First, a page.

From An Anthology of World Poetry, edited by Mark Van Doren, a French ballad. No poet is named.
“The Bridge of Death”
“The dance is on the Bridge of Death
And who will dance with me?”
“There’s never a man of living men
Will dare to dance with thee.”
Now Margaret’s gone within her bower,
Put ashes in her hair,
And sackcloth on her bonny breast,
And on her shoulders bare.
There came a knock to her bower door,
And blithe she let him in;
It was her brother from the wars,
The dearest of her kin.
“Set gold within your hair, Margaret,
Set gold within your hair,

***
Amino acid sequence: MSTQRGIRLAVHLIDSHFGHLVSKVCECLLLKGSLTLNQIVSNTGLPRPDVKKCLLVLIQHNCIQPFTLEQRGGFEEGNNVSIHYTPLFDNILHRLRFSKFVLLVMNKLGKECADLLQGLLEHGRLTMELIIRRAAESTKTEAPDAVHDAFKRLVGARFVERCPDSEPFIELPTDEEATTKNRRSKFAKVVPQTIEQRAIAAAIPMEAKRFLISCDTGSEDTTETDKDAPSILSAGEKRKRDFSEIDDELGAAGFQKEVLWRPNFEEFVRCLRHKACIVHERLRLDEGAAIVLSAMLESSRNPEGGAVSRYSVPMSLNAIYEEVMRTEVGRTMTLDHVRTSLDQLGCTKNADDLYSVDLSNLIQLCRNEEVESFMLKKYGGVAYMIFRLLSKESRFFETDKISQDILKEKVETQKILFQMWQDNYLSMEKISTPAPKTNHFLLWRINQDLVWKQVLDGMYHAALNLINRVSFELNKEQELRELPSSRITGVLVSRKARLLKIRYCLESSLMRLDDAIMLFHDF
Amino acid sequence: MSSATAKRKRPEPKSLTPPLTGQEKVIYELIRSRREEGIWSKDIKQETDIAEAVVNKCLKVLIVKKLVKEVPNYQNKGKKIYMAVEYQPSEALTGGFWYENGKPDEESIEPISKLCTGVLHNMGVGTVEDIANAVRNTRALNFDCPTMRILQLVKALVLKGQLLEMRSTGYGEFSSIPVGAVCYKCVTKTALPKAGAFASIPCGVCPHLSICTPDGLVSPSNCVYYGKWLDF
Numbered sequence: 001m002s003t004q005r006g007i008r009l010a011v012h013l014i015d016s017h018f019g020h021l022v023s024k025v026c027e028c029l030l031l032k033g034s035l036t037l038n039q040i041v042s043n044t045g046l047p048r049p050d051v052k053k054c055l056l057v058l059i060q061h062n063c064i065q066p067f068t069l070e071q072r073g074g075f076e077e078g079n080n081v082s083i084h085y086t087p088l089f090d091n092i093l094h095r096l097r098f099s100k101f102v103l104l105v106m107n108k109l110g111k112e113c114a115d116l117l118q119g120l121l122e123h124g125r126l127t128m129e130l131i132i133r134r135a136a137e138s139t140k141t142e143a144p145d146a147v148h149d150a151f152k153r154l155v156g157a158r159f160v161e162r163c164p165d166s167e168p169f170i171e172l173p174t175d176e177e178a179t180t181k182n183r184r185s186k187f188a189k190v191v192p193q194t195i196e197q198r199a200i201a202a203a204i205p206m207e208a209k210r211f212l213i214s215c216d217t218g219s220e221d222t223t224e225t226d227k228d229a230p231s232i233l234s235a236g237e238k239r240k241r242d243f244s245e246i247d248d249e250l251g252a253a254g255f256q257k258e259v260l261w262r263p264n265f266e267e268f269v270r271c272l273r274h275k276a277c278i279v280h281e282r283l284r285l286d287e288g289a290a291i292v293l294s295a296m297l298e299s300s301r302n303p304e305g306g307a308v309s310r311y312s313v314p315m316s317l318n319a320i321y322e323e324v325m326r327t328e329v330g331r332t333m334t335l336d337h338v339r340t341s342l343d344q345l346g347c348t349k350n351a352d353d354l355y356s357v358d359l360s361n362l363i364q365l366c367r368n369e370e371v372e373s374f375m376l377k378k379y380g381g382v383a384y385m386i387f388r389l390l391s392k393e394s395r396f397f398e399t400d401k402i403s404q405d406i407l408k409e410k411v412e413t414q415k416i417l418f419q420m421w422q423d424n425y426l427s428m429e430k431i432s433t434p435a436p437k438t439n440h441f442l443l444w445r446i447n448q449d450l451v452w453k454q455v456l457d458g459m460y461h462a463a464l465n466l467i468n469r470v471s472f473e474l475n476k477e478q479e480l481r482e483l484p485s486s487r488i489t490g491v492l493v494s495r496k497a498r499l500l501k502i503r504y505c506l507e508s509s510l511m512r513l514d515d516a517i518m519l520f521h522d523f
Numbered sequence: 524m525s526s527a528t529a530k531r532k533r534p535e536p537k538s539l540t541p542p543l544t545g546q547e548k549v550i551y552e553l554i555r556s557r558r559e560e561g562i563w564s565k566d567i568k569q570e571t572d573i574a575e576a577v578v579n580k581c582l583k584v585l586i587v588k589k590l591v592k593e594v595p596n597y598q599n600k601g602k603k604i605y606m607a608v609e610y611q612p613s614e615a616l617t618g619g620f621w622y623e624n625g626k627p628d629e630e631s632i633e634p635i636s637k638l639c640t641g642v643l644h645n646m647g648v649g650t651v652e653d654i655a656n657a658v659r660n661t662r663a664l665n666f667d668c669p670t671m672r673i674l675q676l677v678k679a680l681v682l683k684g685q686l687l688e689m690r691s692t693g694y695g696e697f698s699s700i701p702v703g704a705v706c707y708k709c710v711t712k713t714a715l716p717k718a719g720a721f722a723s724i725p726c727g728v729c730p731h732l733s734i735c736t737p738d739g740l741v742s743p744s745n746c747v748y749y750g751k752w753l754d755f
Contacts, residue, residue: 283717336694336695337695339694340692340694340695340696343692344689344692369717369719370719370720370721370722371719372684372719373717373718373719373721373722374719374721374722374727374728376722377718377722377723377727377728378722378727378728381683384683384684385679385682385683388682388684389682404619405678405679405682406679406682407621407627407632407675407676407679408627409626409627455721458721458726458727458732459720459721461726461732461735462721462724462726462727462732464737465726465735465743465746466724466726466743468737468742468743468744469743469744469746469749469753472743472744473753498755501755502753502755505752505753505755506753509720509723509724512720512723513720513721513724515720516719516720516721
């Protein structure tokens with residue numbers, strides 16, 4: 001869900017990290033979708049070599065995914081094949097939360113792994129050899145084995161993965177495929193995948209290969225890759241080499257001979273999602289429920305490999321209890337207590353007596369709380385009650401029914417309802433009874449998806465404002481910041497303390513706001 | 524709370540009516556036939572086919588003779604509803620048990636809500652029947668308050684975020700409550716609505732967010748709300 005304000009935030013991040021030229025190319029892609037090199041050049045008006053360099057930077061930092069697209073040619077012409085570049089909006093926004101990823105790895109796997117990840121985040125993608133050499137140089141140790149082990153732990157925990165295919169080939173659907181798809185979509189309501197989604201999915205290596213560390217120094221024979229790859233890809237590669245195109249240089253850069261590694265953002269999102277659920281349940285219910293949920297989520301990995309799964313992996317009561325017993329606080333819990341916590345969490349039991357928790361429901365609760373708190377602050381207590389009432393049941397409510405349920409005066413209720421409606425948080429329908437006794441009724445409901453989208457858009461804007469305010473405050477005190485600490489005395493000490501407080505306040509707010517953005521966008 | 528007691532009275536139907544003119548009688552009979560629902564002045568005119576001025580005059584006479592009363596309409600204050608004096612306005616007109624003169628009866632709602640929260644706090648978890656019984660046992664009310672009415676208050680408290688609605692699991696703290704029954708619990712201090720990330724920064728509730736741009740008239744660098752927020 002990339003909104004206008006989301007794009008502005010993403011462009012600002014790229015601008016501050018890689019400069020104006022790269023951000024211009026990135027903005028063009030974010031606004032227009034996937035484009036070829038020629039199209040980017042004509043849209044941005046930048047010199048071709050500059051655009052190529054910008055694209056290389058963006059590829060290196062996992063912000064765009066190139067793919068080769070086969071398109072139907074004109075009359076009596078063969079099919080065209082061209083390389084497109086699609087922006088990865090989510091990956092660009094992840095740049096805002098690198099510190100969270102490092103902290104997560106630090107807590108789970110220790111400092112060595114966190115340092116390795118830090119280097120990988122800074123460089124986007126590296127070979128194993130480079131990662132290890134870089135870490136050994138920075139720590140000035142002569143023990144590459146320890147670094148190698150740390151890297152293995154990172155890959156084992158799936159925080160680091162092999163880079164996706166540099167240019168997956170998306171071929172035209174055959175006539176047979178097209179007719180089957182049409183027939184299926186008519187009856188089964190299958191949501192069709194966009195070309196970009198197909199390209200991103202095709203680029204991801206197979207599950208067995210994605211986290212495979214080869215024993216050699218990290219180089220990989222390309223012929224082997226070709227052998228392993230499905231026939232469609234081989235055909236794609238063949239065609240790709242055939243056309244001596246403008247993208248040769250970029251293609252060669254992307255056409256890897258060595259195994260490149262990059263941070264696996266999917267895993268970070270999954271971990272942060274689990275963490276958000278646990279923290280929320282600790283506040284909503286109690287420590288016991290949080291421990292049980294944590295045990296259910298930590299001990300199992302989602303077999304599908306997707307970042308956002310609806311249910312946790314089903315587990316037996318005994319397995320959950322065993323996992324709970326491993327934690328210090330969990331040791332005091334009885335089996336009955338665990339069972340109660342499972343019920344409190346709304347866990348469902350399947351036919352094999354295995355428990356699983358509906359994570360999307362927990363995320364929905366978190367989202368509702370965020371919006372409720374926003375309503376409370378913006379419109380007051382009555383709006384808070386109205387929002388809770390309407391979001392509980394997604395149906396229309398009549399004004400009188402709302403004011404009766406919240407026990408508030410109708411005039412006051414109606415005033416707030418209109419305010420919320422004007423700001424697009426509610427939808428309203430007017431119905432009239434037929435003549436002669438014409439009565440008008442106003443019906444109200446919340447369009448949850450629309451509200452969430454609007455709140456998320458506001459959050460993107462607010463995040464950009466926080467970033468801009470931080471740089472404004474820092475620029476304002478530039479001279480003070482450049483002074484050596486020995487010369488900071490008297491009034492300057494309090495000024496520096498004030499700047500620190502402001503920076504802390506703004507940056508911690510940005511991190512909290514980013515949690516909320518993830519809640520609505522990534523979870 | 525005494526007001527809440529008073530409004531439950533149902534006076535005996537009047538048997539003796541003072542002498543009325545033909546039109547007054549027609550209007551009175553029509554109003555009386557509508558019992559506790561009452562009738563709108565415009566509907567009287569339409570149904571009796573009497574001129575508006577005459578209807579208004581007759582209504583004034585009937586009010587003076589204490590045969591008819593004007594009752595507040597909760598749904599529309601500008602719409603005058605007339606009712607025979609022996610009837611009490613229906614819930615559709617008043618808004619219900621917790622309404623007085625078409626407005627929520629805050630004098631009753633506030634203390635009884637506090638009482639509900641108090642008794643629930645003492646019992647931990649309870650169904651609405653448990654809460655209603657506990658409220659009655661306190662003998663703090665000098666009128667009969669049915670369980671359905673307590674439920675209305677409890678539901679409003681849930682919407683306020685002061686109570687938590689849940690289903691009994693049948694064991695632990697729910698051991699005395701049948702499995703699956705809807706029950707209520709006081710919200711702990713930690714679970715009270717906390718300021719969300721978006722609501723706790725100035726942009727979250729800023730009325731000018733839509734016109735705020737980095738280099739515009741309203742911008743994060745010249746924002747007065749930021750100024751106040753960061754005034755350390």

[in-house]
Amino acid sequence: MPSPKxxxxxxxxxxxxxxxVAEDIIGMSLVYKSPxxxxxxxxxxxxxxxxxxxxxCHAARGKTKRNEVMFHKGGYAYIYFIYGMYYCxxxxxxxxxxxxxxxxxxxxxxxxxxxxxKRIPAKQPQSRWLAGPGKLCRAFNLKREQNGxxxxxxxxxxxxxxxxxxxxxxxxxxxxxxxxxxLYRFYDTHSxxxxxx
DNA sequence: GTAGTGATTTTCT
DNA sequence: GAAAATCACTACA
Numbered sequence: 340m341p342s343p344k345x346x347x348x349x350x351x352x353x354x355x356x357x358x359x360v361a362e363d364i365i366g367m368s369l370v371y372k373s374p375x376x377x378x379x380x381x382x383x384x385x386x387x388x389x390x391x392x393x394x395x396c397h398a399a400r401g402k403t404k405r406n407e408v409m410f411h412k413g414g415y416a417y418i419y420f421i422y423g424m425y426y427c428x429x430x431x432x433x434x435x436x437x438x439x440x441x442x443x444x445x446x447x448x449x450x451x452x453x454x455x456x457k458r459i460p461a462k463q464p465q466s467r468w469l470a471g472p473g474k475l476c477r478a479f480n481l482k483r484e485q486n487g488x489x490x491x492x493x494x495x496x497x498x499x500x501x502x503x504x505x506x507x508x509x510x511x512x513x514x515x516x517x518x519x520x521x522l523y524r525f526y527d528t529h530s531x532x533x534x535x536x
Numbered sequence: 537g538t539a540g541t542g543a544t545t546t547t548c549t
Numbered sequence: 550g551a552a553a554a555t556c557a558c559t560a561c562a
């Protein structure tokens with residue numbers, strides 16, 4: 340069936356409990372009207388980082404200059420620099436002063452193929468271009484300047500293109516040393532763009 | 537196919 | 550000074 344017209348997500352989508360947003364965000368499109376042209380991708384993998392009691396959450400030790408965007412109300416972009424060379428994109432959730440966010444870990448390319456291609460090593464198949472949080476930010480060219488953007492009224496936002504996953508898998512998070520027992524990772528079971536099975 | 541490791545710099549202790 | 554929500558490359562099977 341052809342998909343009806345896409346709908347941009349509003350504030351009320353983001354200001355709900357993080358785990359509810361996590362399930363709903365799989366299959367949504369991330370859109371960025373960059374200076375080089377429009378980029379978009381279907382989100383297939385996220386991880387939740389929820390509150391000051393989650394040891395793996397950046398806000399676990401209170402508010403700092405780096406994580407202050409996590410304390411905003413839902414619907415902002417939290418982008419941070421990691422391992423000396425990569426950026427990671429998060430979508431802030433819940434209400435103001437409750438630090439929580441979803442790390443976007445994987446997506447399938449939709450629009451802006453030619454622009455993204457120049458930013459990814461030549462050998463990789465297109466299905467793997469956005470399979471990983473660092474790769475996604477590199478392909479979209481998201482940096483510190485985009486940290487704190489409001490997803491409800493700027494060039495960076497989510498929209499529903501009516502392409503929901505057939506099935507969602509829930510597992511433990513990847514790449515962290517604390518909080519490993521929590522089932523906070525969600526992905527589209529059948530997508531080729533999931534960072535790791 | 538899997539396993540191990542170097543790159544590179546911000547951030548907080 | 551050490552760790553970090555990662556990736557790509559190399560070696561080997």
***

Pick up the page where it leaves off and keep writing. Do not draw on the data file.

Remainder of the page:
And gold upon your girdle band,
And on your breast so fair.
For we are bidden to dance to-night,
We may not bide away;
This one good night, this one fair night,
Before the red new day.”
“Nay, no gold for my head, brother,
Nay, no gold for my hair;
It is the ashes and dust of earth
That you and I must wear.
“No gold for mu girdle band,
No godl work on my feet;
But ashes of the fire, my love,
But dust that the serpents eat.”
They danced across the Bridge of DEath,
Above the black water,
And the marriage-bell was tolled in hell
For the souls of him and her.